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...To Protect Against "Systemic Risk"

FIDELITY: Hold "Physical Cash”, “Including Gold and Silver” To Protect Against "Systemic Risk";

- Hold physical cash “including gold and silver” says manager in one of largest mutual fund and financial services groups in the world
- "Systemic risk" threat to deposits says respected Fidelity fund manager
- Record global debt unlikely to be sustained by higher interest rates
- Banks may not be prepared for "shock" of defaults
- Guarantees to depositors unlikely to be honoured
- Savers and investors should hold “physical currencies” “including precious metals”

A fund manager for one of the largest mutual fund and investment groups in the world, Fidelity, has warned investors and savers to have an allocation to “physical cash,” “including precious metals” to protect against "systemic risk".

Ian Spreadbury, who oversees the investment of over £4 billion of clients money in bond markets for Fidelity told Telegraph Money

“Systemic risk is in the system and as an investor you have to be aware of that.”

He believes that the record debt that has been ballooning since the crisis of '08 due to interest rates being forced down to near zero by central banks. This debt, particularly where mortgages are concerned, would likely become unsustainable if, and when, rates rise to realistic levels.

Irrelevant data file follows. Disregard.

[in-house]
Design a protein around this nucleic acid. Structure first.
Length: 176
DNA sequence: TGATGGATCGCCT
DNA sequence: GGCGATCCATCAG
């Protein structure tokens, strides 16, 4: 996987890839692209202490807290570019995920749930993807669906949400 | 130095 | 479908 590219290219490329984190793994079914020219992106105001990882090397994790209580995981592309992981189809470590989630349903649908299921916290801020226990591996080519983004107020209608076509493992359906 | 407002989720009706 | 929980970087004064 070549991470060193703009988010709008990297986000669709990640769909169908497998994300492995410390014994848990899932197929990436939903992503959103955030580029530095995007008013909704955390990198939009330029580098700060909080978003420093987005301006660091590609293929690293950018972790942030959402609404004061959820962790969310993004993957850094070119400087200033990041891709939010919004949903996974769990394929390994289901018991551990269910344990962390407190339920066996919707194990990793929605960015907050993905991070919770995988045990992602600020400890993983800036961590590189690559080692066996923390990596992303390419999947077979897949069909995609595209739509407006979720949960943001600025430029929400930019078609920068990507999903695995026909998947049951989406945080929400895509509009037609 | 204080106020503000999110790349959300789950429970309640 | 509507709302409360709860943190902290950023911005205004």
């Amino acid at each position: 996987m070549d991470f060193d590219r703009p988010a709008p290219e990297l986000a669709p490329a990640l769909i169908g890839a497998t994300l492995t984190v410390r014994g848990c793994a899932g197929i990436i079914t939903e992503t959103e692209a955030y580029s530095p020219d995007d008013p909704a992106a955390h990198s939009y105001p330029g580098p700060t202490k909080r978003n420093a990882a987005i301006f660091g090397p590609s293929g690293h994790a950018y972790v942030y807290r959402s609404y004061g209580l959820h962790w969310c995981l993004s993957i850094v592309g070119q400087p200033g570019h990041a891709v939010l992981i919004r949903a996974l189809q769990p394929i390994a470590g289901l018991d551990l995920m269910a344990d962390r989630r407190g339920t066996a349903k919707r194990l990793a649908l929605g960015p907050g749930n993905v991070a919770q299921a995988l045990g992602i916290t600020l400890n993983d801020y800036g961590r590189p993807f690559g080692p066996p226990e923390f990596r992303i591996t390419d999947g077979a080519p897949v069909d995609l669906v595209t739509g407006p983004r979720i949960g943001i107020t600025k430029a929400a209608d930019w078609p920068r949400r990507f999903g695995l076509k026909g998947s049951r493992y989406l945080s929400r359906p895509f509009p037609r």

“We have rock-bottom rates and QE is still going on – this is all experimental policy and means we are in uncharted territory.”

He points out that in such an environment banks would be unable to sustain the losses caused by defaults on unserviceable debt which would lead to a systemic crisis.

Spreadbury is not the first high profile financial expert to warn of an impending systemic crisis. We recently covered how Stephen King, chief economist at the world's third largest bank HSBC, likened the global economy to the Titanic. Andrew Wilson, Goldman Sachs Asset Management’s chief executive in Europe recently gave similar warnings.

Spreadbury highlights that the £85,000 guarantee to UK depositors by the Financial Services Compensation Scheme is largely unfunded and that the government has said it will not intervene to rescue failing banks in the future - leaving deposits to be bailed-in.

ENDS

© Scoop Media

 
 
 
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